Welcome to FWIW, ACRONYM’s weekly newsletter breaking down digital strategy and investments across the political spectrum. Each week, we look at how campaigns are – or aren’t – leveraging smart digital strategies to drive narratives and win elections.
For what it’s worth, some of it might surprise you.
As you know by now, Facebook is a powerful tool for driving paid advertising to many different segments of the electorate. But, it’s also an important organizing tool for campaigns to engage their followers organically and build a community of energetic supporters. Which of the 2020 candidates has the largest audience? Whose supporters are most engaged on Facebook? We take a look in this week’s FWIW.
2020 by the numbers
Donald Trump’s campaign digital spending increased a bit over the past week, now spending over $9 million on Google and Facebook since the midterms. You can see all these charts and how they change over time at our FWIW Digital Dashboard.
This week, the Pete for America campaign continued to increase their digital spending by investing more in Facebook for grassroots event organizing and fundraising. Many of his new ads are geographically targeted and promote specific rallies or fundraisers where supporters can see him in person. Full disclosure: ACRONYM’s former Senior Organizing Director Greta Carnes is now Mayor Pete’s National Organizing Director – we you, Greta. And Joe Biden and Elizabeth Warren continued to spend significantly on both Google and Facebook this week, primarily for email list building and fundraising.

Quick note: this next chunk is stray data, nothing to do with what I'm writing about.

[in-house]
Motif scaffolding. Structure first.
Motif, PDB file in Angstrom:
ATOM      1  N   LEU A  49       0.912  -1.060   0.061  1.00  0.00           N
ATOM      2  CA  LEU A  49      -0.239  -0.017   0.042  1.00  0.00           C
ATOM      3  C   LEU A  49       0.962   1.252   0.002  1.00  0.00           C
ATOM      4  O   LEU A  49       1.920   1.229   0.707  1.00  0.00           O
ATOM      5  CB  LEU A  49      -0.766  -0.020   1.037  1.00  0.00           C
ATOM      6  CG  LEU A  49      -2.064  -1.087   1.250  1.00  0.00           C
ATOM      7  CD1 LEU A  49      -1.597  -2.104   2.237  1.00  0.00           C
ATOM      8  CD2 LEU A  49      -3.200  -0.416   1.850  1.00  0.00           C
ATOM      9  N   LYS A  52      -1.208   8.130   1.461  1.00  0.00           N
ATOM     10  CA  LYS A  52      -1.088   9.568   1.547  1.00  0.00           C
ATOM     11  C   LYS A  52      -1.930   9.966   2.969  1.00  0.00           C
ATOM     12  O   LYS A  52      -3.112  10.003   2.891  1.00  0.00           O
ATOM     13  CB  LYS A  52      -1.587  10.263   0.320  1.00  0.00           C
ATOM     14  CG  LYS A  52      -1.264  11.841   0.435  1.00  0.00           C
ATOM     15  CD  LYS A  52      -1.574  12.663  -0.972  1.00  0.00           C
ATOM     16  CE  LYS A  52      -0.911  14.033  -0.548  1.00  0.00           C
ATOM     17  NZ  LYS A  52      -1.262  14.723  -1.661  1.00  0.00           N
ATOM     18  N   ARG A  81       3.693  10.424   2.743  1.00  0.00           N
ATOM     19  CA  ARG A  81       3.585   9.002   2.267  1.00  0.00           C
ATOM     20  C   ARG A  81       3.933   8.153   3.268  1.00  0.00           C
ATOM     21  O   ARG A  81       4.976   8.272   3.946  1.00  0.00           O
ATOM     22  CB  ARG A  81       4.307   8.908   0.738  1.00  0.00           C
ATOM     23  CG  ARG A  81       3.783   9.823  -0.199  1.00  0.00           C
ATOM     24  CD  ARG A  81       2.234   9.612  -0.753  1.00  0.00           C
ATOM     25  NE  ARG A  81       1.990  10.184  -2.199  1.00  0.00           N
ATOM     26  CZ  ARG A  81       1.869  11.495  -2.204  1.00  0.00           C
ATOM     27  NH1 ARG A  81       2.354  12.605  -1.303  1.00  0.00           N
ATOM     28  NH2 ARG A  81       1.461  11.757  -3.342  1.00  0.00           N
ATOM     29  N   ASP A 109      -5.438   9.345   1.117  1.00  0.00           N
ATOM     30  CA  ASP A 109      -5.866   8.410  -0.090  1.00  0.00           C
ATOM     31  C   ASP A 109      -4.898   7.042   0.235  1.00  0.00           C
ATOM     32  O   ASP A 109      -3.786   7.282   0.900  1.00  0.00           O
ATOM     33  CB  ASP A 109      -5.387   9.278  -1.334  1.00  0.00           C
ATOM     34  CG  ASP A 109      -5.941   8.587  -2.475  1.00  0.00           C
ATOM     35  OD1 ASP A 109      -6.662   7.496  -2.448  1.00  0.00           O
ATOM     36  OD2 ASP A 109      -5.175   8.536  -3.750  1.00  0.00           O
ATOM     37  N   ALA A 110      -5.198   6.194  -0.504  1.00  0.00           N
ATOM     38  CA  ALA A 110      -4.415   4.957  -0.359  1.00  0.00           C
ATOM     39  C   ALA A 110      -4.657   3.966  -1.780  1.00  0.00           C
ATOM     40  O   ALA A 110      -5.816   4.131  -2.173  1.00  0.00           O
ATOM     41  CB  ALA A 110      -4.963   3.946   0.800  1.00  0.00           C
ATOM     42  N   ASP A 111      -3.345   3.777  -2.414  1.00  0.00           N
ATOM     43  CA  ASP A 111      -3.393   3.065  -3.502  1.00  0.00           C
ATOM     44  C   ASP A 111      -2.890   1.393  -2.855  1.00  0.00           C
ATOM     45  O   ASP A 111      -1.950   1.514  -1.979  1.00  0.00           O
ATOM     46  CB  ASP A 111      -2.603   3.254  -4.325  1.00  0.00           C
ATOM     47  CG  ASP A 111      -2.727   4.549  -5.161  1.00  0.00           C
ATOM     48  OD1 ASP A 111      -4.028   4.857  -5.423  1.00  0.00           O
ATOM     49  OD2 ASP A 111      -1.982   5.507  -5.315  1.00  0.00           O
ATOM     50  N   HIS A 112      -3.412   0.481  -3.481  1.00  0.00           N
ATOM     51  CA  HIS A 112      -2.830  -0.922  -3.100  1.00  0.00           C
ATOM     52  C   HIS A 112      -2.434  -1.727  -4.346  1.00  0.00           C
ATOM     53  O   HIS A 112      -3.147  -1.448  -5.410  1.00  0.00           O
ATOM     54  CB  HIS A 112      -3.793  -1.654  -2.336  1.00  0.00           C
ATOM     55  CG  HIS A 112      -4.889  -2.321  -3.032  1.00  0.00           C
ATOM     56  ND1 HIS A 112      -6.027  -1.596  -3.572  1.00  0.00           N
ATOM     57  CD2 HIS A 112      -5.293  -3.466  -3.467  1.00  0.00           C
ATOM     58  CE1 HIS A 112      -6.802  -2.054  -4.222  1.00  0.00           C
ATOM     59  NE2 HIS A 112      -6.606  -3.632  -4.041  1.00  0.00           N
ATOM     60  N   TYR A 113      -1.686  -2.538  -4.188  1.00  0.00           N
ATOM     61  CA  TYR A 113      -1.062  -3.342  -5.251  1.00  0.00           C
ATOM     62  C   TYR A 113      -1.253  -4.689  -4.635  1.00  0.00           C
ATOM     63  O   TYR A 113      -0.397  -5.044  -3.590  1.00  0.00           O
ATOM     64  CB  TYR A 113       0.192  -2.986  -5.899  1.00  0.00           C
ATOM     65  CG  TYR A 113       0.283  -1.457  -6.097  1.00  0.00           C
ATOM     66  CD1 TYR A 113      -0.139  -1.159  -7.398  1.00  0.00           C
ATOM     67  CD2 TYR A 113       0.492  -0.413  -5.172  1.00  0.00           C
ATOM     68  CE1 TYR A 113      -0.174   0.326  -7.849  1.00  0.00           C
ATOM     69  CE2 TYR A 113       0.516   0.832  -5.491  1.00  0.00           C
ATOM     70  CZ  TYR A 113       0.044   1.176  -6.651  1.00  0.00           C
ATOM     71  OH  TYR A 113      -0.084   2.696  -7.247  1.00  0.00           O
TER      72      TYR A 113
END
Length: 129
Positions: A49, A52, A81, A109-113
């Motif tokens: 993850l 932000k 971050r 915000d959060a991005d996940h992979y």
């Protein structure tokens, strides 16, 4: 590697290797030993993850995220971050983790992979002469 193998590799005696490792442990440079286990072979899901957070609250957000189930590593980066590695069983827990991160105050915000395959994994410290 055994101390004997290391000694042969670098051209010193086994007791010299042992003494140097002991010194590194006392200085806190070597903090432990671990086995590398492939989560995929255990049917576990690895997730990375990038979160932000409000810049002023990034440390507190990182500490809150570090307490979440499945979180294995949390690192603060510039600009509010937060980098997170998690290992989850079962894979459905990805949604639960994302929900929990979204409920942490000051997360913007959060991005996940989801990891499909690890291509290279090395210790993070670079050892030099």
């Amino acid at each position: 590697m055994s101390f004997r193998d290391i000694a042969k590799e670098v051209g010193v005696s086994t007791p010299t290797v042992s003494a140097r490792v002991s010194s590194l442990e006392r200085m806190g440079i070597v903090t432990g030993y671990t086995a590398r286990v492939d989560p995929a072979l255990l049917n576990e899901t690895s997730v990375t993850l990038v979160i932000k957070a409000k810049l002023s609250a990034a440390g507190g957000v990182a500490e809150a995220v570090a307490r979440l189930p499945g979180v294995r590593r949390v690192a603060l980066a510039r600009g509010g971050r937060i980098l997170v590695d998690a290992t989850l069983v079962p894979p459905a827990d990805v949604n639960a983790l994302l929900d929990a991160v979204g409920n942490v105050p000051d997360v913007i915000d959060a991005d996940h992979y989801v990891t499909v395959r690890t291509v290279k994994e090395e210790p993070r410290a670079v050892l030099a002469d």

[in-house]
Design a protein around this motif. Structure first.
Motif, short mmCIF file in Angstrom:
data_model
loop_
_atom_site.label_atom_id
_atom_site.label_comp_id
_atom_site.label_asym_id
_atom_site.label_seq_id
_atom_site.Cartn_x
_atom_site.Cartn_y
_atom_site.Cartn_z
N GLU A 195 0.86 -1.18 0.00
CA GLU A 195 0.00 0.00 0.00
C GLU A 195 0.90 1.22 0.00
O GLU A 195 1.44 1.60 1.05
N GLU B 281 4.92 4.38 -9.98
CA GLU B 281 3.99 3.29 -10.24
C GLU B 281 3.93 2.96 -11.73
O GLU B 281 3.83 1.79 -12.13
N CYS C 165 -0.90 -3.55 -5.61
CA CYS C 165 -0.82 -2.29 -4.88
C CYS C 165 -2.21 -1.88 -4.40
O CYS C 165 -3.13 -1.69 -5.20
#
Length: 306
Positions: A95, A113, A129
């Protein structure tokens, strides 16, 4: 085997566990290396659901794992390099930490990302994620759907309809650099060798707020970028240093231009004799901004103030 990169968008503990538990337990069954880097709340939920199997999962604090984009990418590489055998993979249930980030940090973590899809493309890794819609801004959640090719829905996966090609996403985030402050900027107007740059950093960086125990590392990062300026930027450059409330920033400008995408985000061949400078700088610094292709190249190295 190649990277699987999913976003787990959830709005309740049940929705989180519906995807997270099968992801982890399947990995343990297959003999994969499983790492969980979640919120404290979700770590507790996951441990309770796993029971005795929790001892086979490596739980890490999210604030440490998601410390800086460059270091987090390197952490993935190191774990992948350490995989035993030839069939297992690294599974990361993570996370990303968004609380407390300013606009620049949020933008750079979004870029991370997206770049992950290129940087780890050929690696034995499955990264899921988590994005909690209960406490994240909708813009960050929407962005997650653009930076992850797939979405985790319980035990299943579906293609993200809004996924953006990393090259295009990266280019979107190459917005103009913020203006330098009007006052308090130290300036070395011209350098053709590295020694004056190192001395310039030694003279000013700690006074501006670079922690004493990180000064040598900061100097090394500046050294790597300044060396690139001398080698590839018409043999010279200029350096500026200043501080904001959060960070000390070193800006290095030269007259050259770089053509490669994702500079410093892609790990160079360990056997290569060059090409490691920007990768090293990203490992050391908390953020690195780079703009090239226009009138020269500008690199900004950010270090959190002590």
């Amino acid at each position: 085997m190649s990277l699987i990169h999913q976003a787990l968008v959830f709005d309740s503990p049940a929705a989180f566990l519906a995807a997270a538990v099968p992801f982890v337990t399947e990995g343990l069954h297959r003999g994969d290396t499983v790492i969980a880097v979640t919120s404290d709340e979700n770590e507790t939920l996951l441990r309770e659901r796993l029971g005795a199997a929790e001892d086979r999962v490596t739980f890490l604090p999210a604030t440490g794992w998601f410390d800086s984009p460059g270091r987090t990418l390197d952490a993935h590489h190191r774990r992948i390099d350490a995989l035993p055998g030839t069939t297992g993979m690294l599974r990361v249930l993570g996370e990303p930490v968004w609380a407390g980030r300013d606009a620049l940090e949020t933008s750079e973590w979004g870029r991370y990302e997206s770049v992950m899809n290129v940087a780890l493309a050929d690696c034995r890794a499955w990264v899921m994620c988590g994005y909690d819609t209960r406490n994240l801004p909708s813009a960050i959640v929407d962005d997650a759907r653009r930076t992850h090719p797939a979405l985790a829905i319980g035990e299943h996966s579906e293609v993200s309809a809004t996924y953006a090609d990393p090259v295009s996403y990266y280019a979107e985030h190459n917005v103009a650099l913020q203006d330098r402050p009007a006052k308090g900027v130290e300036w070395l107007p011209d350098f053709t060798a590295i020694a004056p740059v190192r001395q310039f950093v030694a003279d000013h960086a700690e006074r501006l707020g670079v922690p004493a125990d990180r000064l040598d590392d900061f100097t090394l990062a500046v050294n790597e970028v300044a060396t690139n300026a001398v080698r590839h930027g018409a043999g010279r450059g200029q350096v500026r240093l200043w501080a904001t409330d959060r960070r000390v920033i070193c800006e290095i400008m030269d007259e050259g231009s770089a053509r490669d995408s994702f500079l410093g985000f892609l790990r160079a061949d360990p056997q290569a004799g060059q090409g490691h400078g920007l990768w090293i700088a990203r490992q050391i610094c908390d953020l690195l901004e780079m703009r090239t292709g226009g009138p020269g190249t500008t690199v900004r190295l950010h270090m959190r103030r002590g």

Here are the top Facebook and Google Spenders from May 16 – May 22:
Both NARAL Pro-Choice America and Planned Parenthood were among the top ten spenders on the platforms this week, rallying supporters, educating communities, and going on offense against extremist anti-abortion legislation in multiple states.
Deep Dive: Who’s winning the Facebook primary?
We aren’t the first to tell you that candidates can and should use targeted paid ads on Facebook to blast out their message and build their email and donor lists. But, organic engagement on the platform also provides real value to their campaigns, but often gets overlooked by reporters covering campaigns because well, money talks. Being able to leverage a large, organic, and energetic Facebook following provides campaigns with another channel for disseminating their message and growing their base. Using publicly available data we compiled from the platform, we took a look at how the 2020 candidates stack up in terms of their audience size, and more importantly, engagement on Facebook.
Who’s building the largest audience?
Campaigns don’t necessarily need a large amount of followers or page likes on Facebook in order to run effective digital advertising programs. That said, a large amount of page likes on Facebook can provide campaigns with a larger organic audience for their posts, more opportunities for engagement, and credibility when they do decide to put dollars behind their messages.
Candidates like Donald Trump, Joe Biden, and Bernie Sanders who have near-universal name ID and a long-time Facebook presence naturally lead the pack in terms of audience size on Facebook, but comparing the followings of the entire Democratic field provides some unexpected insights. It also establishes a baseline for us to dig into other Facebook engagement data: